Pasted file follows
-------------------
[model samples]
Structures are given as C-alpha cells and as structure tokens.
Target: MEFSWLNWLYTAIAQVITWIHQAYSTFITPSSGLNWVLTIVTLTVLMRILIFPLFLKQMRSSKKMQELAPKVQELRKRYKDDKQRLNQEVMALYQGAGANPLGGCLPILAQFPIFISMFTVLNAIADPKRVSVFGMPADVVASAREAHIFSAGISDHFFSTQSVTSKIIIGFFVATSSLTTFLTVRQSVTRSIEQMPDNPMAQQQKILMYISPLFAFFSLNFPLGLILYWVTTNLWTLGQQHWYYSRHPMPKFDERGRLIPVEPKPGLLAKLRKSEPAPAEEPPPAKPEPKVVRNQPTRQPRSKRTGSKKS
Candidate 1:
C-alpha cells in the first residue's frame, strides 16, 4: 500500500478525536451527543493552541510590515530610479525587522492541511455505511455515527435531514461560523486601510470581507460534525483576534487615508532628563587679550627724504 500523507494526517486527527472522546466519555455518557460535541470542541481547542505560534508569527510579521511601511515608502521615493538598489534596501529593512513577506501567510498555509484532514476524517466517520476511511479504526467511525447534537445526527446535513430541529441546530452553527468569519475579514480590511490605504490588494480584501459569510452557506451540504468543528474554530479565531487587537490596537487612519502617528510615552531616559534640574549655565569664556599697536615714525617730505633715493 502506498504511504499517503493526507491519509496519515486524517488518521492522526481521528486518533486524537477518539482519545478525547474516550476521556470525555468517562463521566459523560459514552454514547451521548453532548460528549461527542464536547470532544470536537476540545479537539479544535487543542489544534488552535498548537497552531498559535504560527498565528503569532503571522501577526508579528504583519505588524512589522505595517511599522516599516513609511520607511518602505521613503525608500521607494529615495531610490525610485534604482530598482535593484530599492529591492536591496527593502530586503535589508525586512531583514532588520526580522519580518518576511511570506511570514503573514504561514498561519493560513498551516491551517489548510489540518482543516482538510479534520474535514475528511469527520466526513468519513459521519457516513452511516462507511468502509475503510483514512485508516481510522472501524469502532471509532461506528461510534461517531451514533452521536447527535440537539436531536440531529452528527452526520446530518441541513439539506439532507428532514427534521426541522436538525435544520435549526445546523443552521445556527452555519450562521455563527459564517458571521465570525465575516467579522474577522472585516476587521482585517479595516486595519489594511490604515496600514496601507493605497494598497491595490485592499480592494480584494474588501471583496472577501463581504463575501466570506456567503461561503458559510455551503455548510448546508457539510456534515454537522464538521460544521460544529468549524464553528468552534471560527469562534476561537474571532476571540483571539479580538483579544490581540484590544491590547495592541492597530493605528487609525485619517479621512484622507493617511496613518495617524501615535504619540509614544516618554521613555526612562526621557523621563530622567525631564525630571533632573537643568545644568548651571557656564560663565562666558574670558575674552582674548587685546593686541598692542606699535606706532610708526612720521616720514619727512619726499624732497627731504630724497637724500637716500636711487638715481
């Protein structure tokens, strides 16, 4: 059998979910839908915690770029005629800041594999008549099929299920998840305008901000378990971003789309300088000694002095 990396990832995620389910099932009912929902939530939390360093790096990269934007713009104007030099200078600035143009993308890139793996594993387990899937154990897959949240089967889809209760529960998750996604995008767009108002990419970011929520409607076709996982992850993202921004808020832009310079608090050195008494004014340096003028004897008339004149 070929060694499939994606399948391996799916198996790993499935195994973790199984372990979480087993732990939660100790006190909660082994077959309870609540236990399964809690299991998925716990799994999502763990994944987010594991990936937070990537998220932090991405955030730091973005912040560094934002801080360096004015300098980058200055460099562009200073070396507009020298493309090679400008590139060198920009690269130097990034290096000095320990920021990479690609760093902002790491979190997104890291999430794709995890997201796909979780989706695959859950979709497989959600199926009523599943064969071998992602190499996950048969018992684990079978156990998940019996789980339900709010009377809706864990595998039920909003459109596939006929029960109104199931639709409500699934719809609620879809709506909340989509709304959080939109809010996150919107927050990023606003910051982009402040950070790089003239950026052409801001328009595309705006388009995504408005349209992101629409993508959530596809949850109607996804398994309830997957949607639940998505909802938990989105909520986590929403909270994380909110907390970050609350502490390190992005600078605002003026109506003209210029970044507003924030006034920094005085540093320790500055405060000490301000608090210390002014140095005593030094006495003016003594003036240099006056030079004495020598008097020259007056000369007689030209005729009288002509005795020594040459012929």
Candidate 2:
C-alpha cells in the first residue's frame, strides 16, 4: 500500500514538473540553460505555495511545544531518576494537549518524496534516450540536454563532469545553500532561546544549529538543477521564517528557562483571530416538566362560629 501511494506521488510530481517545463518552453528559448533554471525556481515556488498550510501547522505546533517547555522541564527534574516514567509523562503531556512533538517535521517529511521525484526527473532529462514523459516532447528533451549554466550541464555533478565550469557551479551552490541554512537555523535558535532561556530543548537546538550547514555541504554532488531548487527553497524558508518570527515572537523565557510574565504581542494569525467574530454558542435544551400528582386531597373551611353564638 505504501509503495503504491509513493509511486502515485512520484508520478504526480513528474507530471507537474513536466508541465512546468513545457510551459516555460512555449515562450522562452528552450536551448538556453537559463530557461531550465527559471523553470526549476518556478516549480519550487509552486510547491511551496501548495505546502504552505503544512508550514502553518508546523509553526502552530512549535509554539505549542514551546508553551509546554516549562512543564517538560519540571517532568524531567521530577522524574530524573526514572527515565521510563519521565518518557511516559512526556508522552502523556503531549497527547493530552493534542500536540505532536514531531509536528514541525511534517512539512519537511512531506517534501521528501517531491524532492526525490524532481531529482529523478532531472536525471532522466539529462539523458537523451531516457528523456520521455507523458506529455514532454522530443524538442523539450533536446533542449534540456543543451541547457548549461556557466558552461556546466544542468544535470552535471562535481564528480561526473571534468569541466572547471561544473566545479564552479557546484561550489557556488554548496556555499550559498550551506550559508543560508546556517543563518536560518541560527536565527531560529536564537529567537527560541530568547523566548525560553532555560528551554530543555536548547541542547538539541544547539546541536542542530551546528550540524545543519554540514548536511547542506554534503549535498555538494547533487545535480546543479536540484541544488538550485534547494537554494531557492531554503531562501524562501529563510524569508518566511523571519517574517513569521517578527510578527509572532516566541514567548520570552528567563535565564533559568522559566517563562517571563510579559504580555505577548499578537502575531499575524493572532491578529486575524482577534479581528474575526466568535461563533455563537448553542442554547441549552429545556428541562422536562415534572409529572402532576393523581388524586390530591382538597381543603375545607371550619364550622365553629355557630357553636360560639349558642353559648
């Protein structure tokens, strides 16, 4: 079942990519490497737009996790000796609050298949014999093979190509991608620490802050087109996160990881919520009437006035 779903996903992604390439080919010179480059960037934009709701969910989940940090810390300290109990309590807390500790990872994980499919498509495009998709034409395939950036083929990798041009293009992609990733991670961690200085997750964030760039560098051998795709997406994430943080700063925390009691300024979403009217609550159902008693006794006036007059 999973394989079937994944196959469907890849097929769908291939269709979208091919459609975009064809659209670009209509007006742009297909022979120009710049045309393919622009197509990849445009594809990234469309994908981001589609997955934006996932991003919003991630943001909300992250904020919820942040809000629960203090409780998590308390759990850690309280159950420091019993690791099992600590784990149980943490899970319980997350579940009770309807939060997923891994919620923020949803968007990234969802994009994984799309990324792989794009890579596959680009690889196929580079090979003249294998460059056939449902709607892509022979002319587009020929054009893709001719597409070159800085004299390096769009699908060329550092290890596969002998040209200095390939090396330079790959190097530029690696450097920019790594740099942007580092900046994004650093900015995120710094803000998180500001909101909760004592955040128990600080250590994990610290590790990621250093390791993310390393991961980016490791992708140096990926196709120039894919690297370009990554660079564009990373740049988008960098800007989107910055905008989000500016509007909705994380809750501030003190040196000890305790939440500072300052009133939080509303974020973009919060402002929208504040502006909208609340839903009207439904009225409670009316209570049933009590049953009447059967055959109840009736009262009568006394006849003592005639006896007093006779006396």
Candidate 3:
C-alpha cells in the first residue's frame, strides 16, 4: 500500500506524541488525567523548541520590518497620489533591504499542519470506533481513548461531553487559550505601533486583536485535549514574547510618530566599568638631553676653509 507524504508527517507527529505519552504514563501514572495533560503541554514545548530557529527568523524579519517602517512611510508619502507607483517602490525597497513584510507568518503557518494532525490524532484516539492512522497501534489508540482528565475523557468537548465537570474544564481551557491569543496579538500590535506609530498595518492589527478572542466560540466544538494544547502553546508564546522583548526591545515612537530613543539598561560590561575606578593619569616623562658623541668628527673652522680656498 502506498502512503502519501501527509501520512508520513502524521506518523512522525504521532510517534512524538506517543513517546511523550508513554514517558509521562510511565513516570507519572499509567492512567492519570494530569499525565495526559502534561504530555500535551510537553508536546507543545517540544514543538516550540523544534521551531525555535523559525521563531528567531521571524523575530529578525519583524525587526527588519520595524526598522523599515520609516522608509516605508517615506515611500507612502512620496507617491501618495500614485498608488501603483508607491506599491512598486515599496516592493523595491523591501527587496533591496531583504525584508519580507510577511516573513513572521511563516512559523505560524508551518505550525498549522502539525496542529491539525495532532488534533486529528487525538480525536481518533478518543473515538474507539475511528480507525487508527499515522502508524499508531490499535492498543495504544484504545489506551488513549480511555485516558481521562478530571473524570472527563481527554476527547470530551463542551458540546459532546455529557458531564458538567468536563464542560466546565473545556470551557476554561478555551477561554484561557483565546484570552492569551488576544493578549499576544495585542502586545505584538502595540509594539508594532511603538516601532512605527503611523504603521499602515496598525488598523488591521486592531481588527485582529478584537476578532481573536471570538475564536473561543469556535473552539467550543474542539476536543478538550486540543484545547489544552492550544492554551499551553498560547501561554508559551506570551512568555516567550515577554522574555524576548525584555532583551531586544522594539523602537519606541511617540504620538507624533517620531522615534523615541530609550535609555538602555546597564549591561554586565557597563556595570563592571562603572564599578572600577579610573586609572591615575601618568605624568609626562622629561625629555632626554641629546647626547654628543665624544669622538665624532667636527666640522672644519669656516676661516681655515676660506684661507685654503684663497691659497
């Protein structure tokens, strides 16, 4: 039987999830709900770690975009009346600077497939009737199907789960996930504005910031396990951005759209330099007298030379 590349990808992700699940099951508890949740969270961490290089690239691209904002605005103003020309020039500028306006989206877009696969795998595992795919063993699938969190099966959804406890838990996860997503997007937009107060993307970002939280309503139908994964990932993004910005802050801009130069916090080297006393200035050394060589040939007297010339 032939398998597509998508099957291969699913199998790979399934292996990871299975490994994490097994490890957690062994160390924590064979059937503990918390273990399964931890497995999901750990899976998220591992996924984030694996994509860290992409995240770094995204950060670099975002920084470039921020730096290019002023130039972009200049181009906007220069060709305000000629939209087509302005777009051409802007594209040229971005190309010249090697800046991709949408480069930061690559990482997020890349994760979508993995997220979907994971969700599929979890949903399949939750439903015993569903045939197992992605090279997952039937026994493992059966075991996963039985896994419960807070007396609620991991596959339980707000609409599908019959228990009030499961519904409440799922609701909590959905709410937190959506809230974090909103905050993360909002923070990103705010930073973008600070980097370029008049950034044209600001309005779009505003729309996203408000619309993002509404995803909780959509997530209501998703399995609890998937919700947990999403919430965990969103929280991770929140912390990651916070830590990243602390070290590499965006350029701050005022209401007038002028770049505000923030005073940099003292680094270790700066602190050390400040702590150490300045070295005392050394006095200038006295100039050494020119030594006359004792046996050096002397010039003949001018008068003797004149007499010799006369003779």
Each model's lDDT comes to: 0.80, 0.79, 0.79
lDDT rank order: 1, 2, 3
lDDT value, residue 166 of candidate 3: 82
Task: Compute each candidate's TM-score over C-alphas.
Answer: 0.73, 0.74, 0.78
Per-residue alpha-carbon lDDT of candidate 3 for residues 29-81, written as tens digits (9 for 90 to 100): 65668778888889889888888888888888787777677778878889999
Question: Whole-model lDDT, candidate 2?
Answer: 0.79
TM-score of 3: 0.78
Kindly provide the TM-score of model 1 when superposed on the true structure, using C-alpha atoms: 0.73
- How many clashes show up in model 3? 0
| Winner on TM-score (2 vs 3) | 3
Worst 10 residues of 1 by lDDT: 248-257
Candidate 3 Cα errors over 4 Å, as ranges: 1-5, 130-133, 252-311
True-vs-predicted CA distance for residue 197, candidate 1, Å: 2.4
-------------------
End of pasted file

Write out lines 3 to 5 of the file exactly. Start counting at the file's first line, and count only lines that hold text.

Target: MEFSWLNWLYTAIAQVITWIHQAYSTFITPSSGLNWVLTIVTLTVLMRILIFPLFLKQMRSSKKMQELAPKVQELRKRYKDDKQRLNQEVMALYQGAGANPLGGCLPILAQFPIFISMFTVLNAIADPKRVSVFGMPADVVASAREAHIFSAGISDHFFSTQSVTSKIIIGFFVATSSLTTFLTVRQSVTRSIEQMPDNPMAQQQKILMYISPLFAFFSLNFPLGLILYWVTTNLWTLGQQHWYYSRHPMPKFDERGRLIPVEPKPGLLAKLRKSEPAPAEEPPPAKPEPKVVRNQPTRQPRSKRTGSKKS
Candidate 1:
C-alpha cells in the first residue's frame, strides 16, 4: 500500500478525536451527543493552541510590515530610479525587522492541511455505511455515527435531514461560523486601510470581507460534525483576534487615508532628563587679550627724504 500523507494526517486527527472522546466519555455518557460535541470542541481547542505560534508569527510579521511601511515608502521615493538598489534596501529593512513577506501567510498555509484532514476524517466517520476511511479504526467511525447534537445526527446535513430541529441546530452553527468569519475579514480590511490605504490588494480584501459569510452557506451540504468543528474554530479565531487587537490596537487612519502617528510615552531616559534640574549655565569664556599697536615714525617730505633715493 502506498504511504499517503493526507491519509496519515486524517488518521492522526481521528486518533486524537477518539482519545478525547474516550476521556470525555468517562463521566459523560459514552454514547451521548453532548460528549461527542464536547470532544470536537476540545479537539479544535487543542489544534488552535498548537497552531498559535504560527498565528503569532503571522501577526508579528504583519505588524512589522505595517511599522516599516513609511520607511518602505521613503525608500521607494529615495531610490525610485534604482530598482535593484530599492529591492536591496527593502530586503535589508525586512531583514532588520526580522519580518518576511511570506511570514503573514504561514498561519493560513498551516491551517489548510489540518482543516482538510479534520474535514475528511469527520466526513468519513459521519457516513452511516462507511468502509475503510483514512485508516481510522472501524469502532471509532461506528461510534461517531451514533452521536447527535440537539436531536440531529452528527452526520446530518441541513439539506439532507428532514427534521426541522436538525435544520435549526445546523443552521445556527452555519450562521455563527459564517458571521465570525465575516467579522474577522472585516476587521482585517479595516486595519489594511490604515496600514496601507493605497494598497491595490485592499480592494480584494474588501471583496472577501463581504463575501466570506456567503461561503458559510455551503455548510448546508457539510456534515454537522464538521460544521460544529468549524464553528468552534471560527469562534476561537474571532476571540483571539479580538483579544490581540484590544491590547495592541492597530493605528487609525485619517479621512484622507493617511496613518495617524501615535504619540509614544516618554521613555526612562526621557523621563530622567525631564525630571533632573537643568545644568548651571557656564560663565562666558574670558575674552582674548587685546593686541598692542606699535606706532610708526612720521616720514619727512619726499624732497627731504630724497637724500637716500636711487638715481